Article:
Though wildly controversial the ELD Mandate has flashed a light on some major concerns that have been plaguing the trucking industry for some time now. One is the lack of available safe overnight parking, particularly in metro areas. Another is the issues with hours of service (HOS) regulations. Thousands of drivers across the nation implored the Federal Motor Carrier Safety Administration (FMCSA) to make changes to HOS to restore much-needed flexibility to the industry and improve safety conditions on our nation’s roads. Finally, in May of 2020 FMCSA published the final HOS rules update.
The four key revisions are:
- The Agency will increase safety and flexibility for the 30-minute break rule by requiring a break after 8 hours of consecutive driving and allowing the break to be satisfied by a driver using on-duty, not driving status, rather than off-duty status.
- The Agency will modify the sleeper-berth exception to allow drivers to split their required 10 hours off duty into two periods: an 8/2 split, or a 7/3 split—with neither period counting against the driver’s 14‑hour driving window.
- The Agency will modify the adverse driving conditions exception by extending by two hours the maximum window during which driving is permitted.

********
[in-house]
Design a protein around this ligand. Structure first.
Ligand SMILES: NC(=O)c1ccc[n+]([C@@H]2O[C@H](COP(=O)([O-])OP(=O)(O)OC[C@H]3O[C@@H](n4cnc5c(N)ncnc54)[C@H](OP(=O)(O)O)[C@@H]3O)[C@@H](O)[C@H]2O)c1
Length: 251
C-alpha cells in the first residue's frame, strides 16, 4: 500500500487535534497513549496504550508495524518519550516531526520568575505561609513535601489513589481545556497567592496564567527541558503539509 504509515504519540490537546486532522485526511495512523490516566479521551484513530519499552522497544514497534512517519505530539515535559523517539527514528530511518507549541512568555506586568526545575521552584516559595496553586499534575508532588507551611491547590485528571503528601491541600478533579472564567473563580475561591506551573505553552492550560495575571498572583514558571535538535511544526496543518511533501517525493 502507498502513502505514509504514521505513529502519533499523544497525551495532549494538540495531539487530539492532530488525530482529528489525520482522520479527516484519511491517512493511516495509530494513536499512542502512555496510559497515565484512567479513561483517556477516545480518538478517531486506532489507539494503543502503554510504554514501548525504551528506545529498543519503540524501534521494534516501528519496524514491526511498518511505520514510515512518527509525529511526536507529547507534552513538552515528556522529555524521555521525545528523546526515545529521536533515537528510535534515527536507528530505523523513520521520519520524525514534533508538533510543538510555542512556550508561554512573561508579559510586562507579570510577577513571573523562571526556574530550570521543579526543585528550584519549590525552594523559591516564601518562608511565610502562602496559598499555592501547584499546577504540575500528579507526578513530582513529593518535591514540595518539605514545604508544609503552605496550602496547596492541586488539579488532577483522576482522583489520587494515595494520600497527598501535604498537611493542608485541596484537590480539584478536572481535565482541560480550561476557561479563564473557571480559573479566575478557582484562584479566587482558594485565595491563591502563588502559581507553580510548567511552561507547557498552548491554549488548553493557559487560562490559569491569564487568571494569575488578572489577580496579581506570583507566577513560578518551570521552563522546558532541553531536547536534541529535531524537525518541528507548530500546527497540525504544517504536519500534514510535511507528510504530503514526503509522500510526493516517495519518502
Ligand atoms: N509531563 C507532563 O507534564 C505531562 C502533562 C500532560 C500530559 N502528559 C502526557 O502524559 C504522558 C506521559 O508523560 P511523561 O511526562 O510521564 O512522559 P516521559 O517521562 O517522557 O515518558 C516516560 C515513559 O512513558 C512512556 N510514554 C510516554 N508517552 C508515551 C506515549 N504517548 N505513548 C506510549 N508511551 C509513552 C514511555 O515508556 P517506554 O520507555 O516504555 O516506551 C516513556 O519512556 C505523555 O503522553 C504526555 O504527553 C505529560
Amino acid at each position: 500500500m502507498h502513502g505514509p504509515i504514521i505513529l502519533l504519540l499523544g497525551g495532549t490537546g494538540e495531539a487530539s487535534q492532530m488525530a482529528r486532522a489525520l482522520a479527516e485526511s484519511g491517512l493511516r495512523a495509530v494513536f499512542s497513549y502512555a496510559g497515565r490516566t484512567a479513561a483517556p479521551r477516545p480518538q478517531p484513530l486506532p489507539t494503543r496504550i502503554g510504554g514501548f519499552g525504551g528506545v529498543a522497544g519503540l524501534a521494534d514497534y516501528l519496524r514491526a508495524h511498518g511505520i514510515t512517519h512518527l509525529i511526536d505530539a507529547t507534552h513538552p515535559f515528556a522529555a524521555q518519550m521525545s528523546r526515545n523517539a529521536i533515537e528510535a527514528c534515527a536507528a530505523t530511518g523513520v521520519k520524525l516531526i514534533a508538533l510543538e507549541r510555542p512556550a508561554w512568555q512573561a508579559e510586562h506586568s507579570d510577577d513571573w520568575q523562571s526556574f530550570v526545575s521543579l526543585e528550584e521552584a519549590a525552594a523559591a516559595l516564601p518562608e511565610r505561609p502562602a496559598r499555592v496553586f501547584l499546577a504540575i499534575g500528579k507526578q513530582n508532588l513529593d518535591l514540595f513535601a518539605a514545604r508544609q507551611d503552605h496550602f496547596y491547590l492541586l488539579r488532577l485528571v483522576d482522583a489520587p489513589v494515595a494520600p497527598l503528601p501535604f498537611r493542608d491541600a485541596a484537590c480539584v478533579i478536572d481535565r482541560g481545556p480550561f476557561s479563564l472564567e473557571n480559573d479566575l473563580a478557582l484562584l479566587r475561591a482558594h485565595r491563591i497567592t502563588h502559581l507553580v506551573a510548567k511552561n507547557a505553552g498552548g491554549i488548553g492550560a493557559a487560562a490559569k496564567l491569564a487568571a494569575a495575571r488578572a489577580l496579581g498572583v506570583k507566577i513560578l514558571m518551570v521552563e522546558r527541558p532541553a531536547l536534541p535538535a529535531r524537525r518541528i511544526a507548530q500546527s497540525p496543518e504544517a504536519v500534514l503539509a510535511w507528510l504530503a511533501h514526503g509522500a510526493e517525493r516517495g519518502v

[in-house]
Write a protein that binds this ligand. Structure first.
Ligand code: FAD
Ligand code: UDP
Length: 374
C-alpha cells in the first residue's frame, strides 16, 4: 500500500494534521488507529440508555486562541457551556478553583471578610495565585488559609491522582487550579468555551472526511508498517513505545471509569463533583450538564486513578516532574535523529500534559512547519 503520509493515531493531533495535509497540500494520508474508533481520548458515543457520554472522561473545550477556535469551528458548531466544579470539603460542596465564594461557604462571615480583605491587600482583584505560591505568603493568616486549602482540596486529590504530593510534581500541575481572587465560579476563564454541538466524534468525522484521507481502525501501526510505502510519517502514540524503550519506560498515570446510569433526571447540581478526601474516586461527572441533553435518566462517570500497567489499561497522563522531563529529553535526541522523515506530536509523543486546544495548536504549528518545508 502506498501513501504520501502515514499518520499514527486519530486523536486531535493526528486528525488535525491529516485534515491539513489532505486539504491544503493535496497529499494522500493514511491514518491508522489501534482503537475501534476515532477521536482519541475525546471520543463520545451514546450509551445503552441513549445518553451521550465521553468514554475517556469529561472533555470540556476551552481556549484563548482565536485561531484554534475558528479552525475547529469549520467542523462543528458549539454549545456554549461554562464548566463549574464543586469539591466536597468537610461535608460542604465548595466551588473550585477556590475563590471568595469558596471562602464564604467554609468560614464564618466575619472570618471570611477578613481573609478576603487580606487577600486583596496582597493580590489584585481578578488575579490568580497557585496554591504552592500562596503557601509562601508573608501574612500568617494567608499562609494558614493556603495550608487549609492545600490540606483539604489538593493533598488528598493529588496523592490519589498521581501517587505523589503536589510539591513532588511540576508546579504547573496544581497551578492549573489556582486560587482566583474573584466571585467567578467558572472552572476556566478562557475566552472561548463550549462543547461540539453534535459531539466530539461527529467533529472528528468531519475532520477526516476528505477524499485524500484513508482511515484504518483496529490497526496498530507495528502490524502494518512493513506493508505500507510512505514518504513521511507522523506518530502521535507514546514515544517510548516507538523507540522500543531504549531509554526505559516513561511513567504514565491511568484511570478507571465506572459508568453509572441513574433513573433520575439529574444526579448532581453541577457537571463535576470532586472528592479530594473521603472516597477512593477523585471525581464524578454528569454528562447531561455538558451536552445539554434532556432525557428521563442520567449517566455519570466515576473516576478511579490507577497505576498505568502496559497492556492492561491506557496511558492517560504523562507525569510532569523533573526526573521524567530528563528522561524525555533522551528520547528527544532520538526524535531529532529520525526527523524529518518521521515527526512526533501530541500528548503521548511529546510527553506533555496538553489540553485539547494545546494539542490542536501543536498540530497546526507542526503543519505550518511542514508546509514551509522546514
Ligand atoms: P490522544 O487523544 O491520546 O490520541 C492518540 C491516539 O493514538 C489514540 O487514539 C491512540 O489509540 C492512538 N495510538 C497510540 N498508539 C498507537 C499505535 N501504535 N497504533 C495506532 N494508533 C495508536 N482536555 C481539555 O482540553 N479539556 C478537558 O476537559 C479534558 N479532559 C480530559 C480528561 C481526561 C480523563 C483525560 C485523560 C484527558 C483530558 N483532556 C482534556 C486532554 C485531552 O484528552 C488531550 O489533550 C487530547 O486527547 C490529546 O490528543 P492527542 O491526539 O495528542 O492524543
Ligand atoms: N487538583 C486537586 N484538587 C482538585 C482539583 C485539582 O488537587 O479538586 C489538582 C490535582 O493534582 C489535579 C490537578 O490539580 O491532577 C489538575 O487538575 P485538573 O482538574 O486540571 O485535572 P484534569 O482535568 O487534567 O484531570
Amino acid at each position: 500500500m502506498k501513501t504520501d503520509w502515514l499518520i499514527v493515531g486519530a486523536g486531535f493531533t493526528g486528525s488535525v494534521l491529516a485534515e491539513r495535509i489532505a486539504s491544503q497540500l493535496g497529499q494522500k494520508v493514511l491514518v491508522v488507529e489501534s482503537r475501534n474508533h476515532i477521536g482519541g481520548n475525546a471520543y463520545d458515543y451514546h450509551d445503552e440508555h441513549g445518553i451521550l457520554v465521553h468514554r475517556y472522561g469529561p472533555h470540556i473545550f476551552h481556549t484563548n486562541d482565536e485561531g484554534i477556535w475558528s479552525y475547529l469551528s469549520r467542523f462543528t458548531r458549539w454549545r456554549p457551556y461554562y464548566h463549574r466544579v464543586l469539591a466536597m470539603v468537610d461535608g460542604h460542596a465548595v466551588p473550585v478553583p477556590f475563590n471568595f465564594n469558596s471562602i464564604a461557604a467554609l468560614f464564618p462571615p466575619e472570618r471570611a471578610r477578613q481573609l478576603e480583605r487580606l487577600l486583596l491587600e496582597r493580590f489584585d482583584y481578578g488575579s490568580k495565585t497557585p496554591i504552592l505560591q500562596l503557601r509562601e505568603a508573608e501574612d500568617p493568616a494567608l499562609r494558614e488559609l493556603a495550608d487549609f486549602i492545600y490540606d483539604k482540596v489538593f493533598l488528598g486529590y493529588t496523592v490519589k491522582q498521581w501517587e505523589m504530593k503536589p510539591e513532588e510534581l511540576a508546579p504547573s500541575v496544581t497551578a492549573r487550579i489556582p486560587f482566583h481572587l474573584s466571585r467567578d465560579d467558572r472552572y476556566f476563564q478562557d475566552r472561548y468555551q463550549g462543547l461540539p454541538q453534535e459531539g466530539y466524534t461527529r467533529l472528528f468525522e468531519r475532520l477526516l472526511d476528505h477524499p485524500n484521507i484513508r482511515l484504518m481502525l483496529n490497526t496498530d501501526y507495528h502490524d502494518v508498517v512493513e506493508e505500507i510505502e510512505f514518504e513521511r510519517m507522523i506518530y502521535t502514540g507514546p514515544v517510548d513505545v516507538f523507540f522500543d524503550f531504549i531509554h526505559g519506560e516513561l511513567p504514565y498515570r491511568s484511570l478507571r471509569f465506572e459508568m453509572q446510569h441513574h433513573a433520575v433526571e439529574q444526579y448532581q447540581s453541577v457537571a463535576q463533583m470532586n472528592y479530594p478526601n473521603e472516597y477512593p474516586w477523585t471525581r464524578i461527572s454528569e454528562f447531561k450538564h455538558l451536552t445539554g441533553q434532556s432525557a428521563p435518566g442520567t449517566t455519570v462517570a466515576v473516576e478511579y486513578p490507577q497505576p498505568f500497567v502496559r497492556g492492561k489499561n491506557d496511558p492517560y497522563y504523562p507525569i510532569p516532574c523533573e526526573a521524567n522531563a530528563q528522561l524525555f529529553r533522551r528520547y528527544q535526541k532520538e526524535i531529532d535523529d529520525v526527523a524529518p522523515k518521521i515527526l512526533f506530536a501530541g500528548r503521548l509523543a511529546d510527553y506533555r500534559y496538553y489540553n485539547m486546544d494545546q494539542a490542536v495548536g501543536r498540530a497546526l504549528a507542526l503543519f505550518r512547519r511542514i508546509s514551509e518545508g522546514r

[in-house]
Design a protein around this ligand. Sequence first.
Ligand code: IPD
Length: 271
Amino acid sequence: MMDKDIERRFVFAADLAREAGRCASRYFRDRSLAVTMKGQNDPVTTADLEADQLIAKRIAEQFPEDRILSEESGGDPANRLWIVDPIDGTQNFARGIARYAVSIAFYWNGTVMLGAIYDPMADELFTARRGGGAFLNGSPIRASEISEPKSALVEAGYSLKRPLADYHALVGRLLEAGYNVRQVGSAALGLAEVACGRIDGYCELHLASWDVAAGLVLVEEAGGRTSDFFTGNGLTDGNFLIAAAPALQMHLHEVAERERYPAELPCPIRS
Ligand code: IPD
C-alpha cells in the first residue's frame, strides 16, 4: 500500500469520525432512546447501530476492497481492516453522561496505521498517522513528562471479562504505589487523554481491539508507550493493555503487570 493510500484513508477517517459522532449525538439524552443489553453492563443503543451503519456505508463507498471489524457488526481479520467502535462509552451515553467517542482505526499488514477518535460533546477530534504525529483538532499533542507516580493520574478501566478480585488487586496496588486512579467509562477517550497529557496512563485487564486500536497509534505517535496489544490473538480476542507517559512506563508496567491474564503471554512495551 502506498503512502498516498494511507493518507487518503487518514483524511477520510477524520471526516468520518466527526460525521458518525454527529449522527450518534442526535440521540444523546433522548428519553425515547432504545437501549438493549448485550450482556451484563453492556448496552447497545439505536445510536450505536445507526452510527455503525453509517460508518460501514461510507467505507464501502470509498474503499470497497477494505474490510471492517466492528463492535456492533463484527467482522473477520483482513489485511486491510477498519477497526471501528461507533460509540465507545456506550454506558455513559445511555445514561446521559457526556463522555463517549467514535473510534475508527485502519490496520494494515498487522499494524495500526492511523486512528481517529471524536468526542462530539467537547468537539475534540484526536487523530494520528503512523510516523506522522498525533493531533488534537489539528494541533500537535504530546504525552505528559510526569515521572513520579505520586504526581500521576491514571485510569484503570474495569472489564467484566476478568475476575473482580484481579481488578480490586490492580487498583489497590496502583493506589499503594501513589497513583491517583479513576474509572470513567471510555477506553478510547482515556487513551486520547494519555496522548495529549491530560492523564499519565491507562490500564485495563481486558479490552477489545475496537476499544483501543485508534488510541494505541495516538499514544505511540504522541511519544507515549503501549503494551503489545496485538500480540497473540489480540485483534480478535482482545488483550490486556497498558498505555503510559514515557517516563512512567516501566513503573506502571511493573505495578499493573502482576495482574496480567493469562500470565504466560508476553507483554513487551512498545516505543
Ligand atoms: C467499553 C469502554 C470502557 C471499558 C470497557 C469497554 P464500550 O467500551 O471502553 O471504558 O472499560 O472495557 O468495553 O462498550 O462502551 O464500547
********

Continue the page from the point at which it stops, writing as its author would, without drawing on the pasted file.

- The Agency will change the short-haul exception available to certain commercial drivers by lengthening the drivers’ maximum on‑duty period from 12 to 14 hours and extending the distance limit within which the driver may operate from 100 air miles to 150 air miles.
The rule changes do not increase driving time and will continue to prevent truck drivers from driving for more than eight consecutive hours without at least a 30-minute break. Also, FMCSA’s rule modernizing HOS regulations is estimated to provide nearly $274 million in annualized cost savings for the US economy and American consumers.
COVID-19 has highlighted how essential truck drivers are to the American economy and the timing of this rule change could not be better. The new hours of service rule will have an implementation date of 120 days after publication in the Federal Register (September 11, 2020). The complete rule is available here.
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